CANADA FX DEBT-C$ drifts lower; eyes equities for direction

Thu Aug 12, 2010 8:19am EDT
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 * C$ slightly lower at 95.52 U.S. cents
 * Bond prices mostly flat
 By Claire Sibonney
 TORONTO, Aug 12 (Reuters) - The Canadian dollar edged
slightly lower against the greenback on Thursday morning
following a sharp sell-off triggered by growing doubts over the
outlook for the global economy.
 Global stock markets, which tend to influence the direction
of the Canadian currency, were mixed as Asian stock markets
fell to a near-three week low while European shares and New
York futures were relatively flat. [MKTS/GLOB]
 "(The Canadian dollar) will take its cue from the broader
market sentiment, which is biased in favor of risk aversion at
the moment," said Jack Spitz, managing director of foreign
exchange at National Bank Financial.
 "The market has been buying the dollar and the Swiss franc
this morning so Canada's lack of major reaction has actually
seen it pick up on most crosses."
 Wednesday's flight from riskier assets was prompted by
fears about the U.S. economy in particular showing signs of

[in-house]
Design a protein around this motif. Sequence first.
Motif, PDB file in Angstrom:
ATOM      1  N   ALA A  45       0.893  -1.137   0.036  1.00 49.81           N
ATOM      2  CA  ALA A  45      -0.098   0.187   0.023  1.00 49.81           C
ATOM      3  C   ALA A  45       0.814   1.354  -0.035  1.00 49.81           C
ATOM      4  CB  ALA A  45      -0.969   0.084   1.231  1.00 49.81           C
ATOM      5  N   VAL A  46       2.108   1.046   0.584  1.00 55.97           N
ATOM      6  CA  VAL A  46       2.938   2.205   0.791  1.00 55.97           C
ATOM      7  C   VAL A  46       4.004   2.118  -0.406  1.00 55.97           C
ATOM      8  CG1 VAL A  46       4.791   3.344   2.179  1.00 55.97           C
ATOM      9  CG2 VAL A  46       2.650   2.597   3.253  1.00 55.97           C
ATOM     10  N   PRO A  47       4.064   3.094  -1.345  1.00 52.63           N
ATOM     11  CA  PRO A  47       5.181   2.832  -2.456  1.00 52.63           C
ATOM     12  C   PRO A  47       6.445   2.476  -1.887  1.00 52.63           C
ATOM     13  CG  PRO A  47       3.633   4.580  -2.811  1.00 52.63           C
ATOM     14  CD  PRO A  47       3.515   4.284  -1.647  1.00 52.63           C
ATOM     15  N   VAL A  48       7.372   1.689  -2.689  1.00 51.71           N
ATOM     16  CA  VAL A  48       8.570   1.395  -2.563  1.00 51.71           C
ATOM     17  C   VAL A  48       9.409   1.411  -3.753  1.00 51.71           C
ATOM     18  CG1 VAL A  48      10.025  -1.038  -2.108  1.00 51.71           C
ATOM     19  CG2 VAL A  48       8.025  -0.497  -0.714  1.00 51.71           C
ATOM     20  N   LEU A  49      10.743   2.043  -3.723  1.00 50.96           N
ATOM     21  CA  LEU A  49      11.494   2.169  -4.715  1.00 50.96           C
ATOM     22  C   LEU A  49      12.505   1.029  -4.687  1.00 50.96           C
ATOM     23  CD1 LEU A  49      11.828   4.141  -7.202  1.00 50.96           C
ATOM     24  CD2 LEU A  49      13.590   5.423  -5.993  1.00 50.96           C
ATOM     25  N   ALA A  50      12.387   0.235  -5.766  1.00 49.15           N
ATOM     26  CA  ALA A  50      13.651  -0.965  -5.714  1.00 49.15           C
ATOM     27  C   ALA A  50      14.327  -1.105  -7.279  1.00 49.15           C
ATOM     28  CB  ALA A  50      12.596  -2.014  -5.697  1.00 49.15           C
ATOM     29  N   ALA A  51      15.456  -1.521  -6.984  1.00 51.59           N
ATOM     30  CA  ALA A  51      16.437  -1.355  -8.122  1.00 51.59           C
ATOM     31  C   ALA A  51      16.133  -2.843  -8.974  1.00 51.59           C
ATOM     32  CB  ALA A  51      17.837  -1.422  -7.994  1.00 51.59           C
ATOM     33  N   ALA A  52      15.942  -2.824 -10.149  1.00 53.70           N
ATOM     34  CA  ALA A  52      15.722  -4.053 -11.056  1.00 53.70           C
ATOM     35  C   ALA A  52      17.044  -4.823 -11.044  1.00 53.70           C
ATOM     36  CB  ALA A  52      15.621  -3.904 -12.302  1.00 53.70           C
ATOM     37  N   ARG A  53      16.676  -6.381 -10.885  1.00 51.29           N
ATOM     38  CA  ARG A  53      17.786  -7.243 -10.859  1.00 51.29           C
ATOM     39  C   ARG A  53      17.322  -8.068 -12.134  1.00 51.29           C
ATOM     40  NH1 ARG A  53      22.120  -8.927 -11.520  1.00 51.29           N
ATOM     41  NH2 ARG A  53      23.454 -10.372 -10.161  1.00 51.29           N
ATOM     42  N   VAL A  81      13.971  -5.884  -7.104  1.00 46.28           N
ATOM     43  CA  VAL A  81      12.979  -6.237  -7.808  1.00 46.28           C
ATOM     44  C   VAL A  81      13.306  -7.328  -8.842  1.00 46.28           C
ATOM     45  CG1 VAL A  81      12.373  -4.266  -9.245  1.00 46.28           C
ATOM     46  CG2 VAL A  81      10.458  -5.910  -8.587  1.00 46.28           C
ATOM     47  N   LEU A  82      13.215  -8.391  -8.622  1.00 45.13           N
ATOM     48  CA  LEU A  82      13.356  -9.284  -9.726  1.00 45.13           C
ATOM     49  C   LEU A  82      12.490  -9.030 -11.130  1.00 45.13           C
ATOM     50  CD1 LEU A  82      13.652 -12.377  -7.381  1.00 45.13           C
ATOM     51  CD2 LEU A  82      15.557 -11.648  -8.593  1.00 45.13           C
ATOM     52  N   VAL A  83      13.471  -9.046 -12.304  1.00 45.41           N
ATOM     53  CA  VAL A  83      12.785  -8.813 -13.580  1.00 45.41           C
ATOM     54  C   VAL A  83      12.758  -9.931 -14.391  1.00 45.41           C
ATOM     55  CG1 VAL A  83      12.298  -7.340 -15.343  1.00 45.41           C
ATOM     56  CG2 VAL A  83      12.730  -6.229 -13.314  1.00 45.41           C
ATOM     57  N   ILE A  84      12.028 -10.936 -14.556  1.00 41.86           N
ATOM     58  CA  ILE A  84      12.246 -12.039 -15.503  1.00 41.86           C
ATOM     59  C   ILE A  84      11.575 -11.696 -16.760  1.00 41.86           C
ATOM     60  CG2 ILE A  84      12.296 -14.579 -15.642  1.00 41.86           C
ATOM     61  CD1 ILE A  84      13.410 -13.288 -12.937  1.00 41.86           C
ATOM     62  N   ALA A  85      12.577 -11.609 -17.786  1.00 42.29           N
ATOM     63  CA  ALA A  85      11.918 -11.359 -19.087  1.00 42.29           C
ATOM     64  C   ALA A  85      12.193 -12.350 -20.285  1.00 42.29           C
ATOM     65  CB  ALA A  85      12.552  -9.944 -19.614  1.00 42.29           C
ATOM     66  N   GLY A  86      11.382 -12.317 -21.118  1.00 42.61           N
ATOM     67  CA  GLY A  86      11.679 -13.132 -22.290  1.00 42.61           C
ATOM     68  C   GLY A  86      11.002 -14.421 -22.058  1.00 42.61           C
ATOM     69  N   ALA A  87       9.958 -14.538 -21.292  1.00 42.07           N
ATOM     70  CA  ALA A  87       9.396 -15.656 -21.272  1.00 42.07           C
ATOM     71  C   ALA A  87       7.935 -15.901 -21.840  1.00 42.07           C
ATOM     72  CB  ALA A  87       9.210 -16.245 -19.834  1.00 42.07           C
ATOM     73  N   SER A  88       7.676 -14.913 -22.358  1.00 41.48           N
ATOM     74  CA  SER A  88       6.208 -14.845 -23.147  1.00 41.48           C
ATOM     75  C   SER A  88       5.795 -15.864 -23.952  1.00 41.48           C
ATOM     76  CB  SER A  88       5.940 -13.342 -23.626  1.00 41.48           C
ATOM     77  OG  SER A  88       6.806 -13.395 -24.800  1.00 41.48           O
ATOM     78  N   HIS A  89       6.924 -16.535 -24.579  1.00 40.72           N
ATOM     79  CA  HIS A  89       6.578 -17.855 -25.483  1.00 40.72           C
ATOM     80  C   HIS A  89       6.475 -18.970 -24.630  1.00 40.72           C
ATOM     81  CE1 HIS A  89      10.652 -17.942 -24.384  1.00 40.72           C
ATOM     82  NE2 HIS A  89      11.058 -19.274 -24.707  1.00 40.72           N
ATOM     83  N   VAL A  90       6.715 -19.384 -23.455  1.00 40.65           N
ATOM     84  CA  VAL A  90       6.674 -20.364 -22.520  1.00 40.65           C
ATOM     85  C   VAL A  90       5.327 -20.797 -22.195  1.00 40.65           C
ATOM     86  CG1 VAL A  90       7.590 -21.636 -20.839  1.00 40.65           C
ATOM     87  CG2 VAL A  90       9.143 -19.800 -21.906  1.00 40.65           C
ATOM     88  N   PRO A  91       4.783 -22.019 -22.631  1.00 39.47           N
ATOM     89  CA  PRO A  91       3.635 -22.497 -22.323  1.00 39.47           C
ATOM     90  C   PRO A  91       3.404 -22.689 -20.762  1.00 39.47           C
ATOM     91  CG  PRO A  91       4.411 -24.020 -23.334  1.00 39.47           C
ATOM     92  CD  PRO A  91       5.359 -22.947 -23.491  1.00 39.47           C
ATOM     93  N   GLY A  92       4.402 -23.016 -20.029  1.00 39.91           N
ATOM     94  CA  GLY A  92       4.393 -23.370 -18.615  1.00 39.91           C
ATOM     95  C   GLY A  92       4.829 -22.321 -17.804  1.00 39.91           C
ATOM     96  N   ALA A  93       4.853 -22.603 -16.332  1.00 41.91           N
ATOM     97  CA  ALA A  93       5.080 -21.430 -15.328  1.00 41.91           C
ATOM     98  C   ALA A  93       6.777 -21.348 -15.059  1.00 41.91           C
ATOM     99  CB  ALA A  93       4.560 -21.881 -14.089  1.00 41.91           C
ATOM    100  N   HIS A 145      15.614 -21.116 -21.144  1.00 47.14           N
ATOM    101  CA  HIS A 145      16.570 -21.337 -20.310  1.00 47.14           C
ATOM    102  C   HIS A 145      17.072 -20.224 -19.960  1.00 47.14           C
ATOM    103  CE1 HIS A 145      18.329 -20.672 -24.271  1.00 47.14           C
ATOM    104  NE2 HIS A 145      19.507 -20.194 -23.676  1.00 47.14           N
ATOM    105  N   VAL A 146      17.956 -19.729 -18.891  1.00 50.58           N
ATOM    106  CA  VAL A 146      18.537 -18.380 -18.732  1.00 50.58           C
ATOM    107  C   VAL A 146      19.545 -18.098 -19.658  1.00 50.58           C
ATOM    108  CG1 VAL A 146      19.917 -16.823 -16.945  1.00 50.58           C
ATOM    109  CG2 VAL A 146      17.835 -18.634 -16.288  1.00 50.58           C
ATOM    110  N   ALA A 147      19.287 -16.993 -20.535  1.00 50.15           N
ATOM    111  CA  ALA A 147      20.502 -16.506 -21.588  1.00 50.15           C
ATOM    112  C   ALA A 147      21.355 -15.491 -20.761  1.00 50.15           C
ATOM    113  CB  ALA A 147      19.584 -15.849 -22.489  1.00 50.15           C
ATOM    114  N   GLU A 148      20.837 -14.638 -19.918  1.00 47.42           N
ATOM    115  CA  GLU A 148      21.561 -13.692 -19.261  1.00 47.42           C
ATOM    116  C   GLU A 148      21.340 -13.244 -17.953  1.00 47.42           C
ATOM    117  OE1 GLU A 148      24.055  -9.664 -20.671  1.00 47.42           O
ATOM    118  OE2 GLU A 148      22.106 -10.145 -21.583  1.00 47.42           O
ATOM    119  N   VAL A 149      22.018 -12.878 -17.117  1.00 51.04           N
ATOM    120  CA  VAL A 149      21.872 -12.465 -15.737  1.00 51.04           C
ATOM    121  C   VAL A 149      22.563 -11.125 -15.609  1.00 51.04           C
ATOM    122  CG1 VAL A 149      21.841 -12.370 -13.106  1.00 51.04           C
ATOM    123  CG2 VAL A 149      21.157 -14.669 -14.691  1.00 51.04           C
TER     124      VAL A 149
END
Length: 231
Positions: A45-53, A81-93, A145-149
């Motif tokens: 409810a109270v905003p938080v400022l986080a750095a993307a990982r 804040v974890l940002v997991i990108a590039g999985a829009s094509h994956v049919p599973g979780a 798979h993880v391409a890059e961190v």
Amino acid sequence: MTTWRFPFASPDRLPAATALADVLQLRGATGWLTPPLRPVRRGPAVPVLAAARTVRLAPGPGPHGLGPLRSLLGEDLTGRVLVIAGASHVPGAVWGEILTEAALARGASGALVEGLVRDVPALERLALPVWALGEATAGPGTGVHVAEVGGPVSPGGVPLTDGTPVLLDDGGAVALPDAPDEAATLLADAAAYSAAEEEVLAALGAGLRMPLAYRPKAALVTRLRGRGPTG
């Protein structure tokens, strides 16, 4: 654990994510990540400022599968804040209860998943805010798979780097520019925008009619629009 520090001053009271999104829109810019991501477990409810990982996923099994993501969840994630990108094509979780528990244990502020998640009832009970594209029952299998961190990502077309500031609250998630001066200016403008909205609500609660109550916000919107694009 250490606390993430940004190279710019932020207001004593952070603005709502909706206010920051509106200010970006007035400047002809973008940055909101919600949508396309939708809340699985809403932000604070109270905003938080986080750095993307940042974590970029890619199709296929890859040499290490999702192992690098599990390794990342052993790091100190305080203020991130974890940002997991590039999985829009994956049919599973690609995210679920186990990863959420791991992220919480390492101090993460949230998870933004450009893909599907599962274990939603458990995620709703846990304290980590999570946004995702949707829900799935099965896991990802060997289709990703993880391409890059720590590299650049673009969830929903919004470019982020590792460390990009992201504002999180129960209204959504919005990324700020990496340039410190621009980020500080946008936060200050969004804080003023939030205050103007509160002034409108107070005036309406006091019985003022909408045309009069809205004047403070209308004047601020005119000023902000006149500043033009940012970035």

stumbling, which earlier in the week prompted the U.S. Federal
Reserve to announce steps to hold down borrowing costs.
 A spate of data from China has also confirmed its rapid
imports and factory output growth to be slowing.
 At 8:01 a.m. (1201 GMT), the currency CAD=D4 was at
C$1.0469 to the U.S. dollar, or 95.52 U.S. cents, down from
Wednesday's finish at C$1.0453 to the U.S. dollar, or 95.67
U.S. cents.
 "There are a number of influences that are somewhat
conflicted in terms of where to push the Canadian dollar in
terms of its breakout. A week ago it was below C$1.02 and now
it's looking at potentially trading above C$1.05," said Spitz.
 Piercing C$1.05, he added, could send the Canadian currency
as weak as C$1.0587, a level last seen on July 20.
 "At the moment, given the global backdrop, it appears as
though the Canadian dollar is likely headed for additional
weakness but that could easily change tomorrow in the event
that (U.S.) CPI and retail sales exceed expectations."
 With no major Canadian economic releases scheduled for the
day, investors may take some direction from data on U.S.
initial jobless claims and trade price indices.
 Canadian bond prices were also little changed.
 The two-year bond CA2YT=RR was up half a Canadian cent to
yield 1.342 percent, while the 10-year bond CA10YT=RR lost 12
Canadian cents to yield 2.984 percent.
 (Reporting by Claire Sibonney, Editing by Chizu Nomiyama)